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Juventus 1 - Monaco 0: Initial reaction and random observations

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Piece of cake, right? Well, not really. Not anything close to it.

Juventus had wonderful scoring chances, but didn't take advantage of them as we continuously pounded our heads against the table. Monaco had quality scoring chances in their own right, but got stonewalled by rather legendary Juventus goalkeeper Gigi Buffon. The difference, as it turned out to be, was a second-half goal from the penalty spot courtesy of Arturo Vidal (which may or may not have been an actual penalty because of where the foul on Álvaro Morata took place).

Juventus needed all of the patience Max Allegri talked about in the pre-match press conference simply because of how they started out the game. It was a struggle without a doubt, and Juve could have easily fell behind Monaco because of how dangerous the French side's counterattack was in the first half. Monaco was defending like madmen despite Juventus having a couple of very good scoring chances that Vidal and Carlos Tévez didn't take advantage of.

Monaco showed they belonged at this stage. They really did. They truly put Juve's defense under pressure on the counter, something they clearly set out to do from the onset.

That patience proved vital — and because of it Juventus are heading to France with a slim 1-0 lead on aggregate. Allegri's squad was able to recover after the shaky start that saw Monaco pepper Buffon's goal.

But Juve got Allegri's favorite result. Yep, a 1-0 win. There's just something about it that sits okay with me. Maybe it's the fact that Juventus have won most of those 1-0 games lately. (Don't say Parma over the weekend, that game never happened, remember?)

Random thoughts and observations

  • That was a truly classic Arturo Vidal penalty conversion. It reminded me of his PK against Real Madrid a few seasons ago. When he strikes them well, the opposing goalkeeper has absolutely no chance. None.

  • And, for that matter, it was a classic Arturo Vidal kind of game (outside of the scoring chances being skied into the stands, of course). I point to two instances in the second half with the ball in Juventus' defensive third as a prime example of that. Monaco is looking to get a cross off in the right corner as Stephan Lichtsteiner defends the ball. In comes Vidal, applies the pressure on defense, then picks the pocket of the Monaco player and starts a Juventus attack. It was essentially Vidal in a nutshell, the player we've come to love because of how hard he works during a game.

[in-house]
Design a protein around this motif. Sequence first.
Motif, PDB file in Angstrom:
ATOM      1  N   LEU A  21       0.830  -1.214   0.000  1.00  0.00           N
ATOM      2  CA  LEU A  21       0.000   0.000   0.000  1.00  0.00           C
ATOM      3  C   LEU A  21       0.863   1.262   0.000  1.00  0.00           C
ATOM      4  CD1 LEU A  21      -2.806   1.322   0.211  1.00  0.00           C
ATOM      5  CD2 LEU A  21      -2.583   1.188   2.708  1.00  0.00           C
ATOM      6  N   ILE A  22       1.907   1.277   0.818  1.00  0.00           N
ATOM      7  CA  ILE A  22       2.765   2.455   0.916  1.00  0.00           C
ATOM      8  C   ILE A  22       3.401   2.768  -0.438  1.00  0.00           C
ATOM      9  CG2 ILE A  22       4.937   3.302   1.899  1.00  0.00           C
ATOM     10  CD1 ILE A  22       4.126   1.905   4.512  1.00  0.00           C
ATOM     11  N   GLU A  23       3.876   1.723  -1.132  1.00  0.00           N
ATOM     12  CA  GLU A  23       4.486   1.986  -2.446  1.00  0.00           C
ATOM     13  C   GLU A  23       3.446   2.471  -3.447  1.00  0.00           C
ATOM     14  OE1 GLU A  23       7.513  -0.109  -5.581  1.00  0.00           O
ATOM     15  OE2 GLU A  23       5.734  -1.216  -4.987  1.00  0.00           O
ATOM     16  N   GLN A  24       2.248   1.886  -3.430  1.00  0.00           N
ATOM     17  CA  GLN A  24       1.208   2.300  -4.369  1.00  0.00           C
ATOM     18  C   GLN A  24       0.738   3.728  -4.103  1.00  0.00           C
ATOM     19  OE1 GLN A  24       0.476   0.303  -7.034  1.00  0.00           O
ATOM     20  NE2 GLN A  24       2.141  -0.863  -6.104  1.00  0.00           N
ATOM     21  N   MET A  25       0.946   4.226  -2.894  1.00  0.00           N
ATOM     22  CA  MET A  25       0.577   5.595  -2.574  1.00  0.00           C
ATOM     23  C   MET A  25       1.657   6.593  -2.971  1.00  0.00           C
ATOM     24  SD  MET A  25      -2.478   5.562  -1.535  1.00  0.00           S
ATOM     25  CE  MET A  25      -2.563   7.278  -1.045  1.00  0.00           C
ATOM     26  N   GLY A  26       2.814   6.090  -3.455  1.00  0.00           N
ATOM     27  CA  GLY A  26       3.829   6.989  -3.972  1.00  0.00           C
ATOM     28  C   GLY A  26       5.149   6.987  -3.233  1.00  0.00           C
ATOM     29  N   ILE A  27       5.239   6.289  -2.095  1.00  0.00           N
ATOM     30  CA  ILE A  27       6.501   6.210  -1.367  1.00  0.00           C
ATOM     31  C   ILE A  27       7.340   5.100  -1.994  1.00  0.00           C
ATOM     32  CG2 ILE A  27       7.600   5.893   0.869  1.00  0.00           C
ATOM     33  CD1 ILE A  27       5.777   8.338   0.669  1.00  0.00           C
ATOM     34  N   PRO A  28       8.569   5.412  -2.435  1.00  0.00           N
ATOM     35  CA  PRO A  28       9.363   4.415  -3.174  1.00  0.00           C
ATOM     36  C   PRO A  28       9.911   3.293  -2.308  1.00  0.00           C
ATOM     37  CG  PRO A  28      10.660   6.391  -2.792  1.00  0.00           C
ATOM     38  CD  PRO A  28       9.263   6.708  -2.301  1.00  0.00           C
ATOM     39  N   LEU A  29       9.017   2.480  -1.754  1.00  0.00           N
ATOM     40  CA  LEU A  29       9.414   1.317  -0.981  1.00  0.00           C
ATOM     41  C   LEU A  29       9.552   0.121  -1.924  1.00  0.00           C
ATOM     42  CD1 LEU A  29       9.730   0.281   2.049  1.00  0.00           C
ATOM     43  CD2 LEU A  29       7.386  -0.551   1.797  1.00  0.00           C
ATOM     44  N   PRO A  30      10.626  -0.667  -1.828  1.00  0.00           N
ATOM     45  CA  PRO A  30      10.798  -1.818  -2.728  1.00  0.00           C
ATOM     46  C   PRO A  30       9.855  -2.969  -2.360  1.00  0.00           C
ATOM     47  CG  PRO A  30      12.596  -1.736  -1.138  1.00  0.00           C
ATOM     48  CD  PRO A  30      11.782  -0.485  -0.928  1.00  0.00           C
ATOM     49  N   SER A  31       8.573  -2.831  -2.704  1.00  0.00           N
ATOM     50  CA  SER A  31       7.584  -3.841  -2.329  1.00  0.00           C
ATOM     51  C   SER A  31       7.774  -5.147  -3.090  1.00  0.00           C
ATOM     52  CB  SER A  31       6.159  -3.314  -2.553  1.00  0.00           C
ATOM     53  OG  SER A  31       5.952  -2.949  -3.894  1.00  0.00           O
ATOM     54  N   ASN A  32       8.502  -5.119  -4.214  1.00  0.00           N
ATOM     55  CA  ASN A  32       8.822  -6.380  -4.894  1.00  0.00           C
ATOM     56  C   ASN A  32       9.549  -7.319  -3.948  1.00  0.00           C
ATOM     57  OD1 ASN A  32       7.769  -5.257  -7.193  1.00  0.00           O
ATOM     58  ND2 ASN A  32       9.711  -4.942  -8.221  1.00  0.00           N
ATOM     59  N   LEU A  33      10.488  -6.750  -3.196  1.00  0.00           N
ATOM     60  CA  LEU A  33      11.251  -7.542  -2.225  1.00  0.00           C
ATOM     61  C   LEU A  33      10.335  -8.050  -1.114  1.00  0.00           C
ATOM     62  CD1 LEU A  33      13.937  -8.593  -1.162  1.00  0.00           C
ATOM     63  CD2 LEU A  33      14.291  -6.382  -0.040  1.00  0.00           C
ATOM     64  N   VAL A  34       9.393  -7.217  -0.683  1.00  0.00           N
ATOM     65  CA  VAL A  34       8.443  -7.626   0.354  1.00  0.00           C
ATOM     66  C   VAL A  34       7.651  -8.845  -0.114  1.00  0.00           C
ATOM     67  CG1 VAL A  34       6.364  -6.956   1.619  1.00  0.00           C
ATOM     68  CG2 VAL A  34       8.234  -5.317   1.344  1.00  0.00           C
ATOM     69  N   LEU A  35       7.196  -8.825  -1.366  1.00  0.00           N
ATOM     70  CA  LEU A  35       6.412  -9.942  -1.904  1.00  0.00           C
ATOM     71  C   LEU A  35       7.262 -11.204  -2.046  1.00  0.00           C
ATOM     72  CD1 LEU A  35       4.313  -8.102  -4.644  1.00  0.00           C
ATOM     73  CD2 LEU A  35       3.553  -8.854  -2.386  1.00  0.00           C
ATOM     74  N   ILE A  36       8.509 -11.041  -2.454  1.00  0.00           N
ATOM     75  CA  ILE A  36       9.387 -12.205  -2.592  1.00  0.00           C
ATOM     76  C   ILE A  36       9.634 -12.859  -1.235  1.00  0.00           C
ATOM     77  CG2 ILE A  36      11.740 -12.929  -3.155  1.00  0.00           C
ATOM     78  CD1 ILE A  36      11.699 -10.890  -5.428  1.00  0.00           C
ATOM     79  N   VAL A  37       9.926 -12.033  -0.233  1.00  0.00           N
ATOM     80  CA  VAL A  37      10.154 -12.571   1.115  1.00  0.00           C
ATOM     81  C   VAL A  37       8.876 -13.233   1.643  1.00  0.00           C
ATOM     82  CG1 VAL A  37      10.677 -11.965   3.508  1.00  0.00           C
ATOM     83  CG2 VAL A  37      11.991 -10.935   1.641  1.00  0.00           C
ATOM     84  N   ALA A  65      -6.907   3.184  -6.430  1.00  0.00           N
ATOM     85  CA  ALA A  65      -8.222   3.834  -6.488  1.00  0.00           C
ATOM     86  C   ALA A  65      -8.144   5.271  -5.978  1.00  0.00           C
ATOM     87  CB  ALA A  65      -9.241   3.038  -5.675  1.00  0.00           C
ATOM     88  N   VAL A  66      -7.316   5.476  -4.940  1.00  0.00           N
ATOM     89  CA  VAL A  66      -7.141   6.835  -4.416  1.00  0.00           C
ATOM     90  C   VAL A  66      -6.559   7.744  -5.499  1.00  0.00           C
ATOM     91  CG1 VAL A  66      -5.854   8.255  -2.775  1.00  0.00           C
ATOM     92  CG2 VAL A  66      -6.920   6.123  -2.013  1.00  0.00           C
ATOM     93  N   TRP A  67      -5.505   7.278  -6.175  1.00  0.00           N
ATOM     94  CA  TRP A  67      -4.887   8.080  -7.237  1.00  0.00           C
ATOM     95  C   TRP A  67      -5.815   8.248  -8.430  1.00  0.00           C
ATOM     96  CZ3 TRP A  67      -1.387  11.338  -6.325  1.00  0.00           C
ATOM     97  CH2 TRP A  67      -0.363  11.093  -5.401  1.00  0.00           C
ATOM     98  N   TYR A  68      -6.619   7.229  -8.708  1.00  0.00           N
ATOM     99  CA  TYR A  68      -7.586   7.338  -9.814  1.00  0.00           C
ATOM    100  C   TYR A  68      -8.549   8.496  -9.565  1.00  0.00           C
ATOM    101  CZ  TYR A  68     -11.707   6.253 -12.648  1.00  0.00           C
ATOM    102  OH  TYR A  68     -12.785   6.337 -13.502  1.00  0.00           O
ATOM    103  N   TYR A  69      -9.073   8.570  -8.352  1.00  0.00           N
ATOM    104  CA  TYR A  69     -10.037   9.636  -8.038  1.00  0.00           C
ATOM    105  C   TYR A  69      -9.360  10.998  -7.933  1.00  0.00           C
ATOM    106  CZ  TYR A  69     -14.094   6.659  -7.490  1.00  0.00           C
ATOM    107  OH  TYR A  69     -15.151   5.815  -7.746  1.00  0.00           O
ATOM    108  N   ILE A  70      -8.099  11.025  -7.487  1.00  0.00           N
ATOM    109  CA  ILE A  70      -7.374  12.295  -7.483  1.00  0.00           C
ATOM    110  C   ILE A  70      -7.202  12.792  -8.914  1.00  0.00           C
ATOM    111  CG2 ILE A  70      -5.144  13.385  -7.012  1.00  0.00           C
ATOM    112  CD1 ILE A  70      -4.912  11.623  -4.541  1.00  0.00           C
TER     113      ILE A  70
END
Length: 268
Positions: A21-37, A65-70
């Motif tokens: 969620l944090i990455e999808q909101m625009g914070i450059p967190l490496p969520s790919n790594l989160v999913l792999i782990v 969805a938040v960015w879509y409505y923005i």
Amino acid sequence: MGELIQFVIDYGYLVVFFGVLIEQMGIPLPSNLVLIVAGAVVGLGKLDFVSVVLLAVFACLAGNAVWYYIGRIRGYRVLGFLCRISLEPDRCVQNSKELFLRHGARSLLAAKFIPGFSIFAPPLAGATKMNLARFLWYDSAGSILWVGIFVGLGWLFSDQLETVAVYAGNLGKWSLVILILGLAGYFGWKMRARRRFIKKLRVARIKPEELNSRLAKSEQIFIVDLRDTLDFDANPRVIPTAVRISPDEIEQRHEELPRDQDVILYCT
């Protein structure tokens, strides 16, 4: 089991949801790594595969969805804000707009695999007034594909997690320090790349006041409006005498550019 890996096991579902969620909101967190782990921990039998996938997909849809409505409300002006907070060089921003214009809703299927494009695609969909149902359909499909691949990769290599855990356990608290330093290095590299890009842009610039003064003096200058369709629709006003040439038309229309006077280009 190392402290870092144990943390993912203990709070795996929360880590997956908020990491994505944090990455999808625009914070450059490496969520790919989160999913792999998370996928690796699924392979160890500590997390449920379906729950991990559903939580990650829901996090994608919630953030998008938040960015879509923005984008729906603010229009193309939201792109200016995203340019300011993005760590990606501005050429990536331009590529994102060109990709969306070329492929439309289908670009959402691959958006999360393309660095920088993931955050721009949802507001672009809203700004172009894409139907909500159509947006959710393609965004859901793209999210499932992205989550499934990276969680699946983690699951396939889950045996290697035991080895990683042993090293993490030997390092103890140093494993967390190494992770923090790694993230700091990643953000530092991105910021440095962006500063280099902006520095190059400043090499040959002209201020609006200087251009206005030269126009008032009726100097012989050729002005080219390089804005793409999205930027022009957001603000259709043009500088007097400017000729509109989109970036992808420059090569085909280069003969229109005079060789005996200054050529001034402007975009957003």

• Vidal is the Man of the Match for many, I'm sure, but it's hard not to give it to Buffon for the simple of the legendary keeper keeping Monaco off the scoreboard. His first save of the night came on what ended up being one of Monaco's best scoring chances.

    I also like the little grin he got on his face after collecting an easy cross late in stoppage time. Almost like you could see the thought bubble and "You think you can beat me?" rising up above him at that moment.

  • I laughed after the first half when the guy doing the halftime show here in the U.S. said Juventus were "dominating" Monaco because they had the vast majority of the possession. Sometimes misleading stats can be misleading. Just remember that.

  • Vidal successfully converting the penalty kick eases the frustration a little bit, but Juventus sure did miss some wonderful chances, didn't they? It could have been much, much better than just a 1-0 win.

  • This is where we talk about Andrea Pirlo and the up and down night he had.

    My predicted lineup in the match preview was a 3-5-2 with the other Andrea, Andrea Barzagli, getting the start ahead of Pirlo. That's mainly because I have quite liked what the Vidal-Marchisio-Pereyra central midfield has been doing as of late. The pace and speed of that trio has been really, really good together, and the results in truly big games as of late back it up. Plus, it's a whole lot to put on Pirlo — regardless of his résumé — coming off a lengthy injury absence just to expect him to come in and be his usual self once again. And at times it showed. Pirlo's passing was off and the overall speed of Juve's game was different than those games during his absence.

    But the pass he sent over the top to Morata right before the decisive penalty was called is why Pirlo is on the field. He's able to make a moment of magic with one of his slick passes and change the game a few seconds later.

  • Patrice Evra had some huge tackles Tuesday night. He's quietly been a steady performer and far from the complete liability I worried he might be when Kwadwo Asamoah was ruled out for an extended amount of time earlier this season.

  • Remember all of those Juventus players who were in danger of missing the second leg if they picked up a yellow card Tuesday night in Turin? Well, we're all good. Not one Juve player was shown a yellow.

  • Alessandro Matri and Stefano Sturaro were two of Juventus' three subs used in the first leg of the Champions League quarterfinals. Just like we all thought when this season began, right? Yuuuuuup.

  • Dimitar Berbatov's substitute appearance reminded us all about how he kinda-almost-but-not-really-sort-of-then-didn't join Juventus a couple of summers ago. That was fun.

  • Is a 1-0 lead the perfect thing to have happen in the first leg? No, but it definitely could have been worse because of all those nerve-wracking as Monaco came storming forward on the counterattack. 
    Amen to that, Gigi. Amen to that.